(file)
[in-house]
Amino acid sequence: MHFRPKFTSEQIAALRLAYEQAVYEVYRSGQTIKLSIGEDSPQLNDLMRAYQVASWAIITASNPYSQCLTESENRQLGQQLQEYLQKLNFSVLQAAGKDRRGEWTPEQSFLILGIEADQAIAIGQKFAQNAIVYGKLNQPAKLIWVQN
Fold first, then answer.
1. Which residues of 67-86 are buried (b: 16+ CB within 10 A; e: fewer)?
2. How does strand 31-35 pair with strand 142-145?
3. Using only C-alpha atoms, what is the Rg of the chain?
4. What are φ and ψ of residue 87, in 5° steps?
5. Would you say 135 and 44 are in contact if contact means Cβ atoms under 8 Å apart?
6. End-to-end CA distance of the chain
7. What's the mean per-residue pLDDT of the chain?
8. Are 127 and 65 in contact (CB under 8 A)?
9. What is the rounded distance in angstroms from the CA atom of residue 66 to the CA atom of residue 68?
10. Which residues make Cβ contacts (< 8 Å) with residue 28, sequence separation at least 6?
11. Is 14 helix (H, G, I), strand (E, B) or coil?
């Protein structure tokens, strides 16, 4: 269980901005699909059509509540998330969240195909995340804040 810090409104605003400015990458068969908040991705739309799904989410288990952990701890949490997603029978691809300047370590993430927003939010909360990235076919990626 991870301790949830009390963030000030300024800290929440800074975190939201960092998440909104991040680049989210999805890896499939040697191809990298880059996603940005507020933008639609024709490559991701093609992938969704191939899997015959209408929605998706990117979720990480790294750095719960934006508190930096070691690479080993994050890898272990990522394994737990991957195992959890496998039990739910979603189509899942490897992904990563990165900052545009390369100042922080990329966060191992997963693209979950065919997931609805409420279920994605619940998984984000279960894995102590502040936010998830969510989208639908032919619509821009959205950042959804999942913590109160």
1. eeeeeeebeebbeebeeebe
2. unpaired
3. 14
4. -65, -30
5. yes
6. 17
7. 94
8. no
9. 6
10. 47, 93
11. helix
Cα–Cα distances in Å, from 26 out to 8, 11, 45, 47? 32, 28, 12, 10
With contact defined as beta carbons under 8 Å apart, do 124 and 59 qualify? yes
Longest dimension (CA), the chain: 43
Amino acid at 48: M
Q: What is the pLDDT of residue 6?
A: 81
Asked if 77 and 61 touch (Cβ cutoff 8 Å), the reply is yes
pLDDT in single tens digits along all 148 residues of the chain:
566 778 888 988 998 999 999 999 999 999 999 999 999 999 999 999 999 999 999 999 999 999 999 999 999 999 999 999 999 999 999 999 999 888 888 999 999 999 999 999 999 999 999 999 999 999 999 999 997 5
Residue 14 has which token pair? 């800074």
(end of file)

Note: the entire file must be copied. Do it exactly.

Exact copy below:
[in-house]
Amino acid sequence: MHFRPKFTSEQIAALRLAYEQAVYEVYRSGQTIKLSIGEDSPQLNDLMRAYQVASWAIITASNPYSQCLTESENRQLGQQLQEYLQKLNFSVLQAAGKDRRGEWTPEQSFLILGIEADQAIAIGQKFAQNAIVYGKLNQPAKLIWVQN
Fold first, then answer.
1. Which residues of 67-86 are buried (b: 16+ CB within 10 A; e: fewer)?
2. How does strand 31-35 pair with strand 142-145?
3. Using only C-alpha atoms, what is the Rg of the chain?
4. What are φ and ψ of residue 87, in 5° steps?
5. Would you say 135 and 44 are in contact if contact means Cβ atoms under 8 Å apart?
6. End-to-end CA distance of the chain
7. What's the mean per-residue pLDDT of the chain?
8. Are 127 and 65 in contact (CB under 8 A)?
9. What is the rounded distance in angstroms from the CA atom of residue 66 to the CA atom of residue 68?
10. Which residues make Cβ contacts (< 8 Å) with residue 28, sequence separation at least 6?
11. Is 14 helix (H, G, I), strand (E, B) or coil?
């Protein structure tokens, strides 16, 4: 269980901005699909059509509540998330969240195909995340804040 810090409104605003400015990458068969908040991705739309799904989410288990952990701890949490997603029978691809300047370590993430927003939010909360990235076919990626 991870301790949830009390963030000030300024800290929440800074975190939201960092998440909104991040680049989210999805890896499939040697191809990298880059996603940005507020933008639609024709490559991701093609992938969704191939899997015959209408929605998706990117979720990480790294750095719960934006508190930096070691690479080993994050890898272990990522394994737990991957195992959890496998039990739910979603189509899942490897992904990563990165900052545009390369100042922080990329966060191992997963693209979950065919997931609805409420279920994605619940998984984000279960894995102590502040936010998830969510989208639908032919619509821009959205950042959804999942913590109160």
1. eeeeeeebeebbeebeeebe
2. unpaired
3. 14
4. -65, -30
5. yes
6. 17
7. 94
8. no
9. 6
10. 47, 93
11. helix
Cα–Cα distances in Å, from 26 out to 8, 11, 45, 47? 32, 28, 12, 10
With contact defined as beta carbons under 8 Å apart, do 124 and 59 qualify? yes
Longest dimension (CA), the chain: 43
Amino acid at 48: M
Q: What is the pLDDT of residue 6?
A: 81
Asked if 77 and 61 touch (Cβ cutoff 8 Å), the reply is yes
pLDDT in single tens digits along all 148 residues of the chain:
566 778 888 988 998 999 999 999 999 999 999 999 999 999 999 999 999 999 999 999 999 999 999 999 999 999 999 999 999 999 999 999 999 888 888 999 999 999 999 999 999 999 999 999 999 999 999 999 997 5
Residue 14 has which token pair? 């800074």